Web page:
Pine-Richland Middle School girl wins karting championship
She's a fearless and fast competitor behind the wheel, making winning the national championship of the 2016 World Karting Association Bridgestone Manufacturers Cup Series seem easy for this 12-year-old girl.
Madison Campeau, a seventh-grader at Pine-Richland Middle School, has been racing go-karts since she was 5 after her dad, Jim, a motorcycle racer, introduced her to the sport.
“I like the complexity of it and the adrenaline,” said Madison, of Gibsonia.
It's not lost on Campeau and her family that racing, including karts, is a sport dominated by males. But she doesn't make a big deal about it, and neither do the other drivers, especially after winning a national cup this past summer.
“She plays it down a lot,” said mom, Michelle, about her often being the only female driver in races. “She gets respect. The fact that she's a girl is irrelevant to her friends.”
On the quest to the cup, drivers participate in a series of races at various tracks along the East Coast, including a race at the Pittsburgh International Racing track in Wampum, Lawrence County, where she “notched a win and a runner-up finish,” according to a write-up on championship winners on the WKA website.
It helps that she's “very coachable” and “consistent,” said Michelle.
Madison, who averages speeds of 60 to 65 miles per hour, said she's had a couple of crashes in the past, “but no broken bones.”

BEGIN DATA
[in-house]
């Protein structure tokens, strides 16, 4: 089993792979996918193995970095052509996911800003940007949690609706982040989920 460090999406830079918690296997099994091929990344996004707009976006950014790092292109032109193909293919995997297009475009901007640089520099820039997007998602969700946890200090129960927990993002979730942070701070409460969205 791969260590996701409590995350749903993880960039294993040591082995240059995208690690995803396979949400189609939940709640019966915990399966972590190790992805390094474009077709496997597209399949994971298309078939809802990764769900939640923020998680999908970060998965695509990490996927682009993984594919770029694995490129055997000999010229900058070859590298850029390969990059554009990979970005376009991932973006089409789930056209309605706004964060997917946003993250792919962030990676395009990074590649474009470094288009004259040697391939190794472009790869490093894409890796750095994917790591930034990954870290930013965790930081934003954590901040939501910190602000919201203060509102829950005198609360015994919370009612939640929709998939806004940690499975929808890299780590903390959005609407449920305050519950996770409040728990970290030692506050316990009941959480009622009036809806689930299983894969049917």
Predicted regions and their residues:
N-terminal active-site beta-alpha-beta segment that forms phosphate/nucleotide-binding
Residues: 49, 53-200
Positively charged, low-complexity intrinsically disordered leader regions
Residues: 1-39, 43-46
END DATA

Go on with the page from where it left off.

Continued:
While the parents put a lot of time and effort into the sport, they make it a family affair as they have an RV and drive together to the races, pulling an 18-foot trailer loaded with her karts. Madison has three sisters and one brother, but she's the only one who races, said Michelle.
Specifically, she races a “top kart Chassis in the Yamaha KT100 sportsman class as well as a IAME mini-swift motor as well. She is moving up to the Yamaha Jr Sportsman class this year,” said Michelle, a physical therapist.
Compared to a lot of other drivers, they operate on a ”shoestring budget” and Michelle said they save a lot of money since Dad is a mechanic/tuner and can fix the karts. Michelle said they aren't sure where the future will take them – the racing future is entirely up to Madison.
Michelle noted that this eventually may lead to car racing.
In the meantime, Madison is a “straight-A student,” said mom, and she also plays soccer and the violin for the school.
Madison's parents said that racing in general is a great learning experience for their daughter.
“It teaches me focus, concentration and patience,” Madison said.
Madison will attend the annual WKA awards presentation at Daytona Beach on Dec. 27.
Natalie Beneviat is a Tribune-Review contributor.